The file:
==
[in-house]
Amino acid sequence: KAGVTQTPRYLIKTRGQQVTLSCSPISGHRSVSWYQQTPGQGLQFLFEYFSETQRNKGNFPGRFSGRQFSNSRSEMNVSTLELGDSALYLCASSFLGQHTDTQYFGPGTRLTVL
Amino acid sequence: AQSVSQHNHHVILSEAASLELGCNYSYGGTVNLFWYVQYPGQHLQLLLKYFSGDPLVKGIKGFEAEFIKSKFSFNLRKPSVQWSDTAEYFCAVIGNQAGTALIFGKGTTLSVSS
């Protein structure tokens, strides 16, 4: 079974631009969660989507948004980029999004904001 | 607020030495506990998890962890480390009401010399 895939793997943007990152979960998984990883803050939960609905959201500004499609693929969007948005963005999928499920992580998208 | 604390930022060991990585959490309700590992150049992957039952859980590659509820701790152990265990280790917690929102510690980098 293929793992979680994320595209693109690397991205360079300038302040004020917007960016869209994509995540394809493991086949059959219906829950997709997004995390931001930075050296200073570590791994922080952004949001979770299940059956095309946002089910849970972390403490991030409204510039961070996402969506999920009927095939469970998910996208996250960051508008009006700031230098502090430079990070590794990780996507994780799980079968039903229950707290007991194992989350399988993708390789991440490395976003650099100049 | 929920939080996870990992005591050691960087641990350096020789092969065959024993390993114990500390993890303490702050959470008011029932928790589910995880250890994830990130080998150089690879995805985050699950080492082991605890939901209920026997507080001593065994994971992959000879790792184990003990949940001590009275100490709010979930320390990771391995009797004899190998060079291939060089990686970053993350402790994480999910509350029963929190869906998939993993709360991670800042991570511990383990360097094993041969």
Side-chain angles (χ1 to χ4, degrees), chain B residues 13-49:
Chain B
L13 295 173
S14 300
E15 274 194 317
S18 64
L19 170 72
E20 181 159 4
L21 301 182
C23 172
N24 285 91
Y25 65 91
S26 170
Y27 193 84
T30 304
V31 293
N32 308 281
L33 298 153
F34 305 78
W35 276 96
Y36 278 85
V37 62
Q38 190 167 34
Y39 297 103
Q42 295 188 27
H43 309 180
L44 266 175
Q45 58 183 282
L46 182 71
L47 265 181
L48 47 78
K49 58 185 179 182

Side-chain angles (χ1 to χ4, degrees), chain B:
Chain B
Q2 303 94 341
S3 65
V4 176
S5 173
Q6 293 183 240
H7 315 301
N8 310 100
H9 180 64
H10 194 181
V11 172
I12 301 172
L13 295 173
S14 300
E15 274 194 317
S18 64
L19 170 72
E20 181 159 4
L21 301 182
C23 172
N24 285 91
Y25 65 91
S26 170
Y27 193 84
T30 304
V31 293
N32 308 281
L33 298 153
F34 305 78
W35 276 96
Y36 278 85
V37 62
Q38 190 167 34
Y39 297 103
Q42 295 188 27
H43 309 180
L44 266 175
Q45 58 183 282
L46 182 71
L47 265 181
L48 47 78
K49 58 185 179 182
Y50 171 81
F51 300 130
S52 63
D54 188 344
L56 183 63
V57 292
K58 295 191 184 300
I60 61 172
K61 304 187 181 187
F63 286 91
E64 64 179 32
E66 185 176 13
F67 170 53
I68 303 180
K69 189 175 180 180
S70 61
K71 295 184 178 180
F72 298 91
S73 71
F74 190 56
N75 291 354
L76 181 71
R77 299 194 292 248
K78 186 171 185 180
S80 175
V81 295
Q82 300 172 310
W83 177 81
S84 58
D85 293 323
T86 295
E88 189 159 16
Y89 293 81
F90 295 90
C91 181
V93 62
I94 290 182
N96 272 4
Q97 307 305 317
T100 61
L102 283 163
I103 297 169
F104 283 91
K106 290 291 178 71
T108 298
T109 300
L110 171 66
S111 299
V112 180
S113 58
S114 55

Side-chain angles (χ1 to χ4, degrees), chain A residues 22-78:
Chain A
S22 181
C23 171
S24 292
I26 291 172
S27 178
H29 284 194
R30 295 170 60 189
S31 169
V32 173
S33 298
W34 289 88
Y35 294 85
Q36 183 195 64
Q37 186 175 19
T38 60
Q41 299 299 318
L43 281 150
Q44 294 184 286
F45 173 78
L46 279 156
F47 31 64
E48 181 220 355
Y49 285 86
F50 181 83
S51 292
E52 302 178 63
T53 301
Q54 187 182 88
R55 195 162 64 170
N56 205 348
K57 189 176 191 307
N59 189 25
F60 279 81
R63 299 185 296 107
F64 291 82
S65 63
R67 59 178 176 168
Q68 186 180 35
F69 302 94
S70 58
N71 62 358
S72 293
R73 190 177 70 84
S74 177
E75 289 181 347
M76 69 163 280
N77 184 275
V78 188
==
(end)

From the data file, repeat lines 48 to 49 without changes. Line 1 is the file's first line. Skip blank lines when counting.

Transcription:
V11 172
I12 301 172